Impunity for perpetrators
British Broadcasting Corporation (BBC), “BBC World Service Broadcasts in Sri Lanka on SLBC Suspended”, 26 March 2013, , a former Attorney General and the then-Legal Advisor to the cabinet of ministers told a Sri Lankan court in June 2012, that he doesn’t know where disappeared journalist and cartoonist Ekneligoda was living, just seven months after he had told the UN Committee Against Torture that Ekneligoda was living overseas.
The National Human Rights Commission (NHRC) has maintained silence on threats, attacks and restrictions on freedom of expression, despite statutory powers to investigate such incidents. The NHRC has not even tried to engage with well-known press freedom organizations in Sri Lanka. Despite repeated appeals by the wife of the disappeared journalist Ekneligoda, the NHRC refused to summon Mr. Peiris to clarify his contradicting statements to the UN in Geneva and Sri Lanka Courts. In another case of harassment filed by prominent press freedom activist Mr. Dharmasiri Lankapeli, the NHRC dismissed the complaint ex-parte, based on submissions by the alleged perpetrator, a leading state media institution.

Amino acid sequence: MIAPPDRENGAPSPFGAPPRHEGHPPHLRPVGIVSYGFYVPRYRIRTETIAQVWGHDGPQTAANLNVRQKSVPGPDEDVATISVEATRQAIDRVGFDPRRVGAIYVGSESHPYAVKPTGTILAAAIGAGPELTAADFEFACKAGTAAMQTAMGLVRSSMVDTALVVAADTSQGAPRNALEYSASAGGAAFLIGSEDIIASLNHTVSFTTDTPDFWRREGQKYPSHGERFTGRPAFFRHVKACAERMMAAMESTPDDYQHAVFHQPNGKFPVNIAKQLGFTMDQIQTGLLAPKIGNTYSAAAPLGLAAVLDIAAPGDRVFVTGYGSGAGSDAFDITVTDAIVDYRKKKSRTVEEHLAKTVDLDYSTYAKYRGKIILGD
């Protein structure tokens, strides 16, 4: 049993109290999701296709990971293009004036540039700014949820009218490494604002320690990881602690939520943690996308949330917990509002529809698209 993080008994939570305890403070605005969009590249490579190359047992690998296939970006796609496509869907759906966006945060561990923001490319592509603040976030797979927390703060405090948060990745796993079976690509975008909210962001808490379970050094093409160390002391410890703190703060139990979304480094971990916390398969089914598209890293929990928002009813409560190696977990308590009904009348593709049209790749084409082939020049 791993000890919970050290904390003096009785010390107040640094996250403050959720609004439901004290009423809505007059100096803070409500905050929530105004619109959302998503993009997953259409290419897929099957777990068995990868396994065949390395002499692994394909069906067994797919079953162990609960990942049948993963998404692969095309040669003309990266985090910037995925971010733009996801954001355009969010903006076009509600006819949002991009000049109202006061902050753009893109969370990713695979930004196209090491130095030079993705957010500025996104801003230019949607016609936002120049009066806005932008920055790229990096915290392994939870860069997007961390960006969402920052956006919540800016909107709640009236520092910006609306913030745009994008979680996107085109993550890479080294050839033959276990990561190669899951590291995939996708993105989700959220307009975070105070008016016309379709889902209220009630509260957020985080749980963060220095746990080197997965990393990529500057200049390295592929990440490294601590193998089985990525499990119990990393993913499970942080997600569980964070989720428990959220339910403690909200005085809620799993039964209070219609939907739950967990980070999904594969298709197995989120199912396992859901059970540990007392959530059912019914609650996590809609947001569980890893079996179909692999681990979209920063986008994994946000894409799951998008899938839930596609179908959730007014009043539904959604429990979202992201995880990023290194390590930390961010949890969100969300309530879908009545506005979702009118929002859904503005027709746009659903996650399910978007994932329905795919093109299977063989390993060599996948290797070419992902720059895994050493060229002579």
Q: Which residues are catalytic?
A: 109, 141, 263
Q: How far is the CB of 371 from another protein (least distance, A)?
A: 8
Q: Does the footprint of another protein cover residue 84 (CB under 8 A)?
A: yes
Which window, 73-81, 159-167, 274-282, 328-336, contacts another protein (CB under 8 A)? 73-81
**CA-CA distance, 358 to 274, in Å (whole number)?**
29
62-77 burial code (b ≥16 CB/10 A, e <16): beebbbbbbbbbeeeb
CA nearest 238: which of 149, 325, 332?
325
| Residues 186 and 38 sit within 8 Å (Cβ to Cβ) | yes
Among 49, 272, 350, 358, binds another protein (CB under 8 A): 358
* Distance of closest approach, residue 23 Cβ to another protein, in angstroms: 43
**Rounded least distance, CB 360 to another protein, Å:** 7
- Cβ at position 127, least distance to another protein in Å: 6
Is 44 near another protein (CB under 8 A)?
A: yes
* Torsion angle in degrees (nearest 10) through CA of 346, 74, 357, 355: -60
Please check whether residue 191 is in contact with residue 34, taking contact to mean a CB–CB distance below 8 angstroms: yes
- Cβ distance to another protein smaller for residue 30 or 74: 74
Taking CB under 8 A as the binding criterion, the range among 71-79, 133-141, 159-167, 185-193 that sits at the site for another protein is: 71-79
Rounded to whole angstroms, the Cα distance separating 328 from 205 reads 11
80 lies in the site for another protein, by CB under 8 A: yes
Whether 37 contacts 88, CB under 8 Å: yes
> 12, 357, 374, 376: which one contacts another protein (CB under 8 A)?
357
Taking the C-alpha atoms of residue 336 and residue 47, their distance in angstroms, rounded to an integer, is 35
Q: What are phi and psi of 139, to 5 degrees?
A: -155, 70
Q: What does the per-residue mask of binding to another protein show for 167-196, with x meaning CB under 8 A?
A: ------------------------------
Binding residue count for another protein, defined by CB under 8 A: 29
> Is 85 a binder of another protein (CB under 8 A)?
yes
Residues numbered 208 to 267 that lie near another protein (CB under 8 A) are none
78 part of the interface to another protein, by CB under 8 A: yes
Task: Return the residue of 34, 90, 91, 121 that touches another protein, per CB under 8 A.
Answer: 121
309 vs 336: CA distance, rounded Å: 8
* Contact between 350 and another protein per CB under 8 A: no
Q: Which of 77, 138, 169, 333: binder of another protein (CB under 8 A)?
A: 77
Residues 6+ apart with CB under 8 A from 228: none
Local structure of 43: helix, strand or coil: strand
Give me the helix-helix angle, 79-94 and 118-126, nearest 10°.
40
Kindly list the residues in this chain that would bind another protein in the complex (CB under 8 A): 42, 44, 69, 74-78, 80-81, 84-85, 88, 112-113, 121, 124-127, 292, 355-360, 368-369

Under-reporting of attacks due to fear
Many incidents related to threats and attacks on freedom of expression remain unreported in the pubic sphere due to the climate of fear. Amongst those not reported in 2012 are attacks on Tamil journalists and photographers in the north of Sri Lanka, intimidation of staff of a TV station and the repeated questioning and intimidation of two Sinhalese investigative journalists in Colombo.
Government control of media institutions, self-censorship, exile of journalists
Most media institutions are controlled by the State or by those who are associated with the government in power. Media institutions have by and large served to further the agenda of the government while maligning dissenting voices.